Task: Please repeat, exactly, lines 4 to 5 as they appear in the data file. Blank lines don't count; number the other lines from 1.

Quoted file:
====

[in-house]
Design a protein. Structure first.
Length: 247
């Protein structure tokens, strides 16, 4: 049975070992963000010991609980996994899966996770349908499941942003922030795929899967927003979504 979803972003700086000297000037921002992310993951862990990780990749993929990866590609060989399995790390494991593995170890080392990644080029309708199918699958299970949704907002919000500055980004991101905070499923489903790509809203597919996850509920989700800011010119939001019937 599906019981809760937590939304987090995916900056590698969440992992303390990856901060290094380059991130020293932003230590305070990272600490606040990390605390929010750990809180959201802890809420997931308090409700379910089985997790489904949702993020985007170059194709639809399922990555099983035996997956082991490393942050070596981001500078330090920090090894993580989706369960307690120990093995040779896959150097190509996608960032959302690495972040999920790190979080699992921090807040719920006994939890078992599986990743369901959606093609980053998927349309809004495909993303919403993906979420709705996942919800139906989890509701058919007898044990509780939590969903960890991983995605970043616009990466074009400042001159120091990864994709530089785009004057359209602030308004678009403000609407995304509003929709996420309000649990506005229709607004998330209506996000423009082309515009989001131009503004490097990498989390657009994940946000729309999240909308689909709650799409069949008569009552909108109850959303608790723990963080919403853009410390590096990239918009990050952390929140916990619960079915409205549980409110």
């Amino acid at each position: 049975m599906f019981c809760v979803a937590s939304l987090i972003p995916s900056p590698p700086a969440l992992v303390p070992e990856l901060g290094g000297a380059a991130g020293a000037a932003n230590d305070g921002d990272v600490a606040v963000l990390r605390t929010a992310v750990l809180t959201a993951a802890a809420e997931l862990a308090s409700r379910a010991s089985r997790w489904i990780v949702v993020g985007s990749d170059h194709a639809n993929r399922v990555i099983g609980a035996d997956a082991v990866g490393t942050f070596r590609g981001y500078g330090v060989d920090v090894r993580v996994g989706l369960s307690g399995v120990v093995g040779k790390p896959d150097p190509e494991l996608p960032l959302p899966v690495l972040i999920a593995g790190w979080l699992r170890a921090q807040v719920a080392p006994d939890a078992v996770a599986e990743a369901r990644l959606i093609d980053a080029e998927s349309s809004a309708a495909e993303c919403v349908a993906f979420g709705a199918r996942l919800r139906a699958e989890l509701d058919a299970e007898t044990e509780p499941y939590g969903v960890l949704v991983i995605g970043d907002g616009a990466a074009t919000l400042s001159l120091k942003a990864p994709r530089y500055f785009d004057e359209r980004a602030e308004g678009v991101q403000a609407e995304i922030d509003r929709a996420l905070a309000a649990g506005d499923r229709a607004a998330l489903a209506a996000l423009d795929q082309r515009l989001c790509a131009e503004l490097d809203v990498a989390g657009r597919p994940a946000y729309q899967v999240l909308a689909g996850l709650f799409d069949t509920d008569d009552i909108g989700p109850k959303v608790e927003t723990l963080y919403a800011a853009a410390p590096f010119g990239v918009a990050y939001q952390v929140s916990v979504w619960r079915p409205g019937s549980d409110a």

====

């Protein structure tokens, strides 16, 4: 049975070992963000010991609980996994899966996770349908499941942003922030795929899967927003979504 979803972003700086000297000037921002992310993951862990990780990749993929990866590609060989399995790390494991593995170890080392990644080029309708199918699958299970949704907002919000500055980004991101905070499923489903790509809203597919996850509920989700800011010119939001019937 599906019981809760937590939304987090995916900056590698969440992992303390990856901060290094380059991130020293932003230590305070990272600490606040990390605390929010750990809180959201802890809420997931308090409700379910089985997790489904949702993020985007170059194709639809399922990555099983035996997956082991490393942050070596981001500078330090920090090894993580989706369960307690120990093995040779896959150097190509996608960032959302690495972040999920790190979080699992921090807040719920006994939890078992599986990743369901959606093609980053998927349309809004495909993303919403993906979420709705996942919800139906989890509701058919007898044990509780939590969903960890991983995605970043616009990466074009400042001159120091990864994709530089785009004057359209602030308004678009403000609407995304509003929709996420309000649990506005229709607004998330209506996000423009082309515009989001131009503004490097990498989390657009994940946000729309999240909308689909709650799409069949008569009552909108109850959303608790723990963080919403853009410390590096990239918009990050952390929140916990619960079915409205549980409110």
């Amino acid at each position: 049975m599906f019981c809760v979803a937590s939304l987090i972003p995916s900056p590698p700086a969440l992992v303390p070992e990856l901060g290094g000297a380059a991130g020293a000037a932003n230590d305070g921002d990272v600490a606040v963000l990390r605390t929010a992310v750990l809180t959201a993951a802890a809420e997931l862990a308090s409700r379910a010991s089985r997790w489904i990780v949702v993020g985007s990749d170059h194709a639809n993929r399922v990555i099983g609980a035996d997956a082991v990866g490393t942050f070596r590609g981001y500078g330090v060989d920090v090894r993580v996994g989706l369960s307690g399995v120990v093995g040779k790390p896959d150097p190509e494991l996608p960032l959302p899966v690495l972040i999920a593995g790190w979080l699992r170890a921090q807040v719920a080392p006994d939890a078992v996770a599986e990743a369901r990644l959606i093609d980053a080029e998927s349309s809004a309708a495909e993303c919403v349908a993906f979420g709705a199918r996942l919800r139906a699958e989890l509701d058919a299970e007898t044990e509780p499941y939590g969903v960890l949704v991983i995605g970043d907002g616009a990466a074009t919000l400042s001159l120091k942003a990864p994709r530089y500055f785009d004057e359209r980004a602030e308004g678009v991101q403000a609407e995304i922030d509003r929709a996420l905070a309000a649990g506005d499923r229709a607004a998330l489903a209506a996000l423009d795929q082309r515009l989001c790509a131009e503004l490097d809203v990498a989390g657009r597919p994940a946000y729309q899967v999240l909308a689909g996850l709650f799409d069949t509920d008569d009552i909108g989700p109850k959303v608790e927003t723990l963080y919403a800011a853009a410390p590096f010119g990239v918009a990050y939001q952390v929140s916990v979504w619960r079915p409205g019937s549980d409110a």